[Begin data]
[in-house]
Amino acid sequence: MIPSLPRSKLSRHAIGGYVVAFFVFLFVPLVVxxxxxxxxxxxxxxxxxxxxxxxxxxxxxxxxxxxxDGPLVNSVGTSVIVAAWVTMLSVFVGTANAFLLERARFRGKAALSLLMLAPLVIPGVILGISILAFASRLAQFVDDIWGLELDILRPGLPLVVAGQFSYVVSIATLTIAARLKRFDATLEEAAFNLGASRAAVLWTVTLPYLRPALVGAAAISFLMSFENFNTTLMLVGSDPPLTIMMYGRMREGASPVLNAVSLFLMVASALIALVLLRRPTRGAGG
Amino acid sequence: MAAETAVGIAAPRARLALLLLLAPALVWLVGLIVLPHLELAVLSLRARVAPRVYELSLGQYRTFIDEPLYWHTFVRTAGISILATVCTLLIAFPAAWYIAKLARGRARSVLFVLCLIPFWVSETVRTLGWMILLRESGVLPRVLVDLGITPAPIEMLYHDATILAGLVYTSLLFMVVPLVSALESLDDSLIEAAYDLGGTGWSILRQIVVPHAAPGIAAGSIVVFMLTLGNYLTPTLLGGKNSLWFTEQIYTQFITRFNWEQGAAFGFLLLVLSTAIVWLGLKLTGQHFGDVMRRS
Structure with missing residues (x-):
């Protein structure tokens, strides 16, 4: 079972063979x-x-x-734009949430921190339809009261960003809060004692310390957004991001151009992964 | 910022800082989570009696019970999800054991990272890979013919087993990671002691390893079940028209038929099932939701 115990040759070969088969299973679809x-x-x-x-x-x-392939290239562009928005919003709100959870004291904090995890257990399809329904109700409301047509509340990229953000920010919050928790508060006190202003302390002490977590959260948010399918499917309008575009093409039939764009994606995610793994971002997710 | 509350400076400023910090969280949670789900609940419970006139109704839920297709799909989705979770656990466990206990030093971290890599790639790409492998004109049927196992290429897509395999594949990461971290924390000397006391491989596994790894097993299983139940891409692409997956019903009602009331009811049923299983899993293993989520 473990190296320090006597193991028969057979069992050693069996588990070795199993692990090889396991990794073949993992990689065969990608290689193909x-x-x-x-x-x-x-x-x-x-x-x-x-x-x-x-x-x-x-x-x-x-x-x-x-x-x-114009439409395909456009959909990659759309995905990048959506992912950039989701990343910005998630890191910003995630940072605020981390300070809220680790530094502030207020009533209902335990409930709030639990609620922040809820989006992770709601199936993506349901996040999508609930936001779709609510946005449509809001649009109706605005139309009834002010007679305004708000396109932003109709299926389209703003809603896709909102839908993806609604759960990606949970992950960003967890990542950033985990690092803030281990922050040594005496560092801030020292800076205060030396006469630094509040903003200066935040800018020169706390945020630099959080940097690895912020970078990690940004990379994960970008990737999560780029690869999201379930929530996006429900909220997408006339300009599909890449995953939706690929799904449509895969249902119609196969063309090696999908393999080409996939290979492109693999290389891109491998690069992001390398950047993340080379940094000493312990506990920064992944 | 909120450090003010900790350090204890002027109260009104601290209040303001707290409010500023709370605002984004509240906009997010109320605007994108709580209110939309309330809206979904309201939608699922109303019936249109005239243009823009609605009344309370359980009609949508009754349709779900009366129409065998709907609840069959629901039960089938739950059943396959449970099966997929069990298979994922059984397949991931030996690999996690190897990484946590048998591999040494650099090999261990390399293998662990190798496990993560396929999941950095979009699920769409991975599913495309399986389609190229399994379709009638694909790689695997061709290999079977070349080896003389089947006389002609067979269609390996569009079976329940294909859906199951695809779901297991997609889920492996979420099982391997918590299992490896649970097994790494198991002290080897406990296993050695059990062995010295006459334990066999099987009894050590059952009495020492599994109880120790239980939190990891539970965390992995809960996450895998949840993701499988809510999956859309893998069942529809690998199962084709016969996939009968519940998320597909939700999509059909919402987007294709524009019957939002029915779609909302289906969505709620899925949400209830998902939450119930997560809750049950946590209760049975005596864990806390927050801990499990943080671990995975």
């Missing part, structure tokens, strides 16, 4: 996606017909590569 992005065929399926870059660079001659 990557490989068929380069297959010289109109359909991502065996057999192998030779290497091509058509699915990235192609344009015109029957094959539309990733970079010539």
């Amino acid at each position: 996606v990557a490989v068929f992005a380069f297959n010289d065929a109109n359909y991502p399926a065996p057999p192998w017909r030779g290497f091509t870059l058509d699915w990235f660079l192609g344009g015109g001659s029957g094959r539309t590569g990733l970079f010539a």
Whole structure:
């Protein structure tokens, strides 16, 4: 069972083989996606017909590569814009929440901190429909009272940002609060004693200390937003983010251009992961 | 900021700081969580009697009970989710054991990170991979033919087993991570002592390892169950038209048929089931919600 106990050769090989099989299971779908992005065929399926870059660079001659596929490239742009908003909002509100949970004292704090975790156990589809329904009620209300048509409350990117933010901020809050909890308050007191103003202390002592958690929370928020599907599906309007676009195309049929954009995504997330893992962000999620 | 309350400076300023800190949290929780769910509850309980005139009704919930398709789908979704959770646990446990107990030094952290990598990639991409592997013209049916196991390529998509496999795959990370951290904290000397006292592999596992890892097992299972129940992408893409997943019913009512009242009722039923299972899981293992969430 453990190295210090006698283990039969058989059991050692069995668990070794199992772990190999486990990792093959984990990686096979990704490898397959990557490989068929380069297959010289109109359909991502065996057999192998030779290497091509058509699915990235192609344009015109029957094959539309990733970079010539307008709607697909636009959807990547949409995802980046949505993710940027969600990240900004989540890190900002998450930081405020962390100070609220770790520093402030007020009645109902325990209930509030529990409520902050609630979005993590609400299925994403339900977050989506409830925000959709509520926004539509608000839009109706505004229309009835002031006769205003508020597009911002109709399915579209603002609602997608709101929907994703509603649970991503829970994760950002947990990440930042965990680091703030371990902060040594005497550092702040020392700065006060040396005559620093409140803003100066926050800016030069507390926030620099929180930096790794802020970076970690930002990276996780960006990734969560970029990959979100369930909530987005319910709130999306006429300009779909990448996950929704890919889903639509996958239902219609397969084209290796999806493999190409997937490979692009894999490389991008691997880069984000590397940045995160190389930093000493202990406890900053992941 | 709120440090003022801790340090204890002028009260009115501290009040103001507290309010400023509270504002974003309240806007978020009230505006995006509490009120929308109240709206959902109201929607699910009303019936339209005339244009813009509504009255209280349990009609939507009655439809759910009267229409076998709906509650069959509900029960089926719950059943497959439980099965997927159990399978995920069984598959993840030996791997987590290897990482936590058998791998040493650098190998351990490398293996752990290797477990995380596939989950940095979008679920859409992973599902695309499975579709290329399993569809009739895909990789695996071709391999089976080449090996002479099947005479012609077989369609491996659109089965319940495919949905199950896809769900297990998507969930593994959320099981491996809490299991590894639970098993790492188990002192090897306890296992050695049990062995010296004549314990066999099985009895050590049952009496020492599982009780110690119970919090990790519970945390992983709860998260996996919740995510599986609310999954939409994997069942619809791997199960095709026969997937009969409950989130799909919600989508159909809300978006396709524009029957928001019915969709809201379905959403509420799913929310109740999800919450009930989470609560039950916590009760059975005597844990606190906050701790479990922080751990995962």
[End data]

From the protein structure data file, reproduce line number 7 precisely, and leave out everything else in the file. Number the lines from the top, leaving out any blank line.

């Amino acid at each position: 996606v990557a490989v068929f992005a380069f297959n010289d065929a109109n359909y991502p399926a065996p057999p192998w017909r030779g290497f091509t870059l058509d699915w990235f660079l192609g344009g015109g001659s029957g094959r539309t590569g990733l970079f010539a």